The Critical Drinker Is Not Very Impressed With Civil War

We’ve been dreading the release of this movie since the first trailer came out, because our impression is that Hollywood isn’t capable, and maybe was never capable, of telling an effective story about what a second civil war in America might look like. And what we heard about Civil War, the Alex Garland vehicle starring Kirsten Dunst as a photojournalist traveling in a group embedded with rebel forces making their way to Washington, DC to overthrow the president amid a full-scale war, made us think even less that this was something we would enjoy.

As it’s been described, the scenario Civil War depicts has Texas and California getting together to head up something called the Western Alliance and opening hostilities against a president vaguely resembling Donald Trump who – perhaps illegally – is in the middle of his third term. How Texas and California, which are as incompatible politically as it’s possible to be, would join forces is apparently never explained.

And there is a bit of cowardice – or maybe it’s marketing? – involved in that, because to create a plausible scenario in which a second civil war would begin is almost certain to alienate to the point of protest at least half the potential audience for the film. There is no plausible scenario in which Texas and California would join forces against Washington, DC, but there is a very plausible scenario in which Texas and Florida, and all the states in between, plus the Great Plains and most of the rocky mountain states and a sizable chunk of the Midwest, would do so.

Except if you made a movie about that scenario, things might get ugly. As in, you’d have fistfights in theaters and people protesting outside.

There’s a degree of shameless opportunism involved in making a movie about a civil war on the eve of the most bitterly-contested election (at least, that’s what it appears this will be; it’s possible that might not actually materialize depending on the performance of the two major candidates), and it seems like the makers of Civil War attempted to smooth over the rough edges of that by failing to give the movie any real plot.

Which is the Critical Drinker’s take on it. He notes that not only is the scenario implausible and never explained, the characters are generic and lack any real development over the course of the film.

So all it really amounts to is a bunch of scenes of chaos, some very well-shot, without any appropriate sense of context woven in. Without a real story to tie all of this together, it’s just a jumble.

At least, that’s his take.

To the extent he’s right, it would seem like the real mistake was making this movie at all. If you aren’t going to tell a story based on things which are true, then why bother trying?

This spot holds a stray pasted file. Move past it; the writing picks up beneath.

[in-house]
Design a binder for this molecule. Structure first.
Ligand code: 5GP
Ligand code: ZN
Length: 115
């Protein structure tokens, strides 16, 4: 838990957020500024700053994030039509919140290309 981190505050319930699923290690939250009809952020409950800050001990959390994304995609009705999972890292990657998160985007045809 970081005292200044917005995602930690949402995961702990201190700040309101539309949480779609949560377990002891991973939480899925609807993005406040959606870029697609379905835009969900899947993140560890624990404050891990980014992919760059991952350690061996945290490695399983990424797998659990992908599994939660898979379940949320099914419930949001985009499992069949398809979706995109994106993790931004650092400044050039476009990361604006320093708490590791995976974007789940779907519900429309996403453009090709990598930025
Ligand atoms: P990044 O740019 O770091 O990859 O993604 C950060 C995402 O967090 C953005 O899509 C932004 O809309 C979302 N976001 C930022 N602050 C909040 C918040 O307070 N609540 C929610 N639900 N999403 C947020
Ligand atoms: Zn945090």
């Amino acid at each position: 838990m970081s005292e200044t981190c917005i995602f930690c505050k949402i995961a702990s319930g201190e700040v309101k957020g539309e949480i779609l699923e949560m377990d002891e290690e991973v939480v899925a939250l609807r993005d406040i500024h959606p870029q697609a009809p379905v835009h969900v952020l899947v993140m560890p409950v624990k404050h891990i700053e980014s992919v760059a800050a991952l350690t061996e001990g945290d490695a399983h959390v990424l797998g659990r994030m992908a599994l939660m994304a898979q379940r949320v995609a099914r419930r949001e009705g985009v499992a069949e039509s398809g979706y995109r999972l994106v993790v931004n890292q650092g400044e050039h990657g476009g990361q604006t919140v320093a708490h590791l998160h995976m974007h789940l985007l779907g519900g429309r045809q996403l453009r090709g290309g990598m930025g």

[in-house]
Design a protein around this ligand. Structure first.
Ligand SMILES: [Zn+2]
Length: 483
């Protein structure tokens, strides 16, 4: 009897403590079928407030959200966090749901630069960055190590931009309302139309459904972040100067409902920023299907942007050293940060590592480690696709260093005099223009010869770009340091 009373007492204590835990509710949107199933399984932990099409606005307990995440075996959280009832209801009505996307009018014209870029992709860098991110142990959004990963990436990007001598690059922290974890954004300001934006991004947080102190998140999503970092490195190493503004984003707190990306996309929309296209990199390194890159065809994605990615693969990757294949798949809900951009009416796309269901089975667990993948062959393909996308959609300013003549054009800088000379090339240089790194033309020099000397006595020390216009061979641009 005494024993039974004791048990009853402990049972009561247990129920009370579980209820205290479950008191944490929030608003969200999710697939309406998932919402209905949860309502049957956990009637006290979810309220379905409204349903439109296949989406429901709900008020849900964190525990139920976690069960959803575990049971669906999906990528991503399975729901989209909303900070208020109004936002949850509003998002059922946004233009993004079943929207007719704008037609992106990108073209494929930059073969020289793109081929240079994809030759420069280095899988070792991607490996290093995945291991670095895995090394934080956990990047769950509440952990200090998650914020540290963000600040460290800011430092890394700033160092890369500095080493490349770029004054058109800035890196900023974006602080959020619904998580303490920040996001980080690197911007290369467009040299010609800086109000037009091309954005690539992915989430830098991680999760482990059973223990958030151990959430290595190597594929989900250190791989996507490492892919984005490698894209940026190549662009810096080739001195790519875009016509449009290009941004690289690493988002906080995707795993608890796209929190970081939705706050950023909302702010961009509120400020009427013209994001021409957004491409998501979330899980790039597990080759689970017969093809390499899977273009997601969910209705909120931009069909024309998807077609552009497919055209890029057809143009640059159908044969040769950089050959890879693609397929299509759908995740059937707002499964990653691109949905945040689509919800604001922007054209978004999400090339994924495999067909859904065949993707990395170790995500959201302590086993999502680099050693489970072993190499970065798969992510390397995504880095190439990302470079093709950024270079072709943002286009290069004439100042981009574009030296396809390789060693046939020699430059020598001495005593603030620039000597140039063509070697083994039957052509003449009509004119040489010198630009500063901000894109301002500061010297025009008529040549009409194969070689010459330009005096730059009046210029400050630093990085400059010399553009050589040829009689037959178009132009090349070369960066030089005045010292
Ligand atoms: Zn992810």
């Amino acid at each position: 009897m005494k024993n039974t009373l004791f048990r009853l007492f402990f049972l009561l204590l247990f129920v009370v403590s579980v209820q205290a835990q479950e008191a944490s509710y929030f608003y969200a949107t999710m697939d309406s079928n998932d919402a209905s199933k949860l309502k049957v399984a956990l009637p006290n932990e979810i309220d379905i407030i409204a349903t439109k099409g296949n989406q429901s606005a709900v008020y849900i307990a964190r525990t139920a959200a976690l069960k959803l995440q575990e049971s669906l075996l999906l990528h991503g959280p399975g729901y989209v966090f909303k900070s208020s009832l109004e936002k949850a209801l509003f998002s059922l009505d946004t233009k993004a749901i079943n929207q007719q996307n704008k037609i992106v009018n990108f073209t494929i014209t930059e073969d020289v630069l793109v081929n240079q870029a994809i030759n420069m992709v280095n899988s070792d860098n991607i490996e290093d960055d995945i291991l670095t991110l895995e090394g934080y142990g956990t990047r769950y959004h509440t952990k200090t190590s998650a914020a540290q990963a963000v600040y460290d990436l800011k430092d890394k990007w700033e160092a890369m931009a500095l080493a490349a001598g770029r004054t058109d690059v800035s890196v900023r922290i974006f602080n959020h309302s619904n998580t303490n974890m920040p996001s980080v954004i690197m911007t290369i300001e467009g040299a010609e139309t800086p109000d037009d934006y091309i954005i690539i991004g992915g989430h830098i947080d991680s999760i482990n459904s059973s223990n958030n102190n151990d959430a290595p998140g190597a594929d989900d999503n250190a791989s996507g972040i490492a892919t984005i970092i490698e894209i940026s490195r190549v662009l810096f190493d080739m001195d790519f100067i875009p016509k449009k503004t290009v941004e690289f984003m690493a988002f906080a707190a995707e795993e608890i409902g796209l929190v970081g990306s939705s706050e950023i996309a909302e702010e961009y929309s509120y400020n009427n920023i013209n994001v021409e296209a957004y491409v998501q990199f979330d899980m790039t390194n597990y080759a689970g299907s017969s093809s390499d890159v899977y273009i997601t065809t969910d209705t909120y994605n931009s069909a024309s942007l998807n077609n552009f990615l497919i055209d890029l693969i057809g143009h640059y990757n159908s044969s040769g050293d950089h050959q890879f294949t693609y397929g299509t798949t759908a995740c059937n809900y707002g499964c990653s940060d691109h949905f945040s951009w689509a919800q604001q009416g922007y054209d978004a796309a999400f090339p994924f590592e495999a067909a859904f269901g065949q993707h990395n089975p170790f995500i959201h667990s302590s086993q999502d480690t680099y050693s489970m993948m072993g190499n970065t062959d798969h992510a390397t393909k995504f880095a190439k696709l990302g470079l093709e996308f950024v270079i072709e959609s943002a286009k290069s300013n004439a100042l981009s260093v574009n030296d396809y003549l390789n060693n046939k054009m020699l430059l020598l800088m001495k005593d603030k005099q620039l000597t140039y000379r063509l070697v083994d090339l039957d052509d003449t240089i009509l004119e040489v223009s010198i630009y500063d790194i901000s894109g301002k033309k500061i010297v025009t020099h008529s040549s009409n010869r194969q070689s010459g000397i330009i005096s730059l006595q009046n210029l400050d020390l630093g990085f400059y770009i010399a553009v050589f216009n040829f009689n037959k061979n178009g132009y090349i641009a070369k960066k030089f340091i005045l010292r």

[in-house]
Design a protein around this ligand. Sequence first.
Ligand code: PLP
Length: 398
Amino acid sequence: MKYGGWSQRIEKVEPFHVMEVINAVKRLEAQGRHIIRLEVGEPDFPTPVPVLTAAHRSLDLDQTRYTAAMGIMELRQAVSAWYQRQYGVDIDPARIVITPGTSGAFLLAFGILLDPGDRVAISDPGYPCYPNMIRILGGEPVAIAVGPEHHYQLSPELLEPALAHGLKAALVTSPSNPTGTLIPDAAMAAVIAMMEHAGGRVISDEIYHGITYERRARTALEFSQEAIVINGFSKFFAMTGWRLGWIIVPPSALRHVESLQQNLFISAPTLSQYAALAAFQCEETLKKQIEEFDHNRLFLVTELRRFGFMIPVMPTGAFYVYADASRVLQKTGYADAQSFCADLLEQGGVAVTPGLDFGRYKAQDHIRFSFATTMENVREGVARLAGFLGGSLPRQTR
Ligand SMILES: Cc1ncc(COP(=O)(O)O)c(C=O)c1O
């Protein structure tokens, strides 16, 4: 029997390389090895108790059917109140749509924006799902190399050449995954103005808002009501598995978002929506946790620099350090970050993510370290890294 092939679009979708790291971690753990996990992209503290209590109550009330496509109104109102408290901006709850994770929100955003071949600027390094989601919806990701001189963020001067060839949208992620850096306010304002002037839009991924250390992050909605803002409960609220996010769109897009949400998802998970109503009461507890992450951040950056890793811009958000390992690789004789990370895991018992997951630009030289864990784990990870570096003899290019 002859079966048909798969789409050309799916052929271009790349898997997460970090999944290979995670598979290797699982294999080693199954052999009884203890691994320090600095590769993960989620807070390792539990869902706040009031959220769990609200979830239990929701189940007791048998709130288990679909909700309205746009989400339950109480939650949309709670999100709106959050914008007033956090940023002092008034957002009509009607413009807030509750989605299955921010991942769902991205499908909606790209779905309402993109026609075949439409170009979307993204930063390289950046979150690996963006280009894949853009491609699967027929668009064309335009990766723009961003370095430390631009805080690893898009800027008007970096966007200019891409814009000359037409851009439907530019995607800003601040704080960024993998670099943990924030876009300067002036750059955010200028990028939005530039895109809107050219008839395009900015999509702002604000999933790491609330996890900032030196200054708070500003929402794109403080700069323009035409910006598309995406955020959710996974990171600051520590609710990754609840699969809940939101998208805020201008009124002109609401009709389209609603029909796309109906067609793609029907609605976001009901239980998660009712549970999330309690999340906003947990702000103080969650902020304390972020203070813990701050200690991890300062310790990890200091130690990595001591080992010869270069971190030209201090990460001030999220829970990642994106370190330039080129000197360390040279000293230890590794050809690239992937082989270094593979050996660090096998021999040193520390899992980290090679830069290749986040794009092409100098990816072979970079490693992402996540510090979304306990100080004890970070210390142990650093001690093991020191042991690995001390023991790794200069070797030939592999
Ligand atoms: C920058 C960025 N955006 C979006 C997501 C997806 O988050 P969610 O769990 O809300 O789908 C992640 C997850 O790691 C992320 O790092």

If we’re going to have a civil war in this country it’ll be because our institutions are radicalized and corrupted, our government not only refuses to represent the people but actively despises them, and we as Americans are less patriotic now than we have been perhaps in our entire history, and those elements are combining to unravel the cohesion of our country at a time when foreign enemies are bent on taking advantage. A few more years of centrifugal forces and malign foreign influence, and the scenario almost writes itself.

The problem is that people aren’t going to like it.

Most of us don’t want to see our country going away. Most of us at least say we want to fight to hold it together.


So if you’re making a movie like this as a warning, then it needs to contain some elements in it that people might consider as action items not to lose the country. Maybe the tyrannical president being overthrown in this movie is where he is because public disenfranchisement from a loss of election integrity meant he won courtesy of ballot box stuffing, and the movie is about what you get when you allow elections to get rigged.

Of course, they won’t do that because you’re not allowed to validate the opinions of those “terrorists” who stormed the Capitol on January 6.

Or maybe part of the civil war involves states taking matters of illegal immigration into their own hands and physically deporting illegal migrants and the federal government steps in to stop them, and it all turns bloody from there. That’s a growingly plausible scenario but Hollywood wouldn’t make it.

Maybe it’s energy states vs. Green New Deal states, with the feds siding with the latter.

There are lots of plausible scenarios. Each one probably results in fistfights at the theaters. And maybe that’s why they chose an implausible scenario which makes a bad movie. Better that than fistfights in the theater, perhaps?

Or maybe it would have been better for Garland to make a movie about something else.



Interested in more national news? We've got you covered! See More National News
Previous Article
Next Article

Trending on The Hayride

No trending posts were found.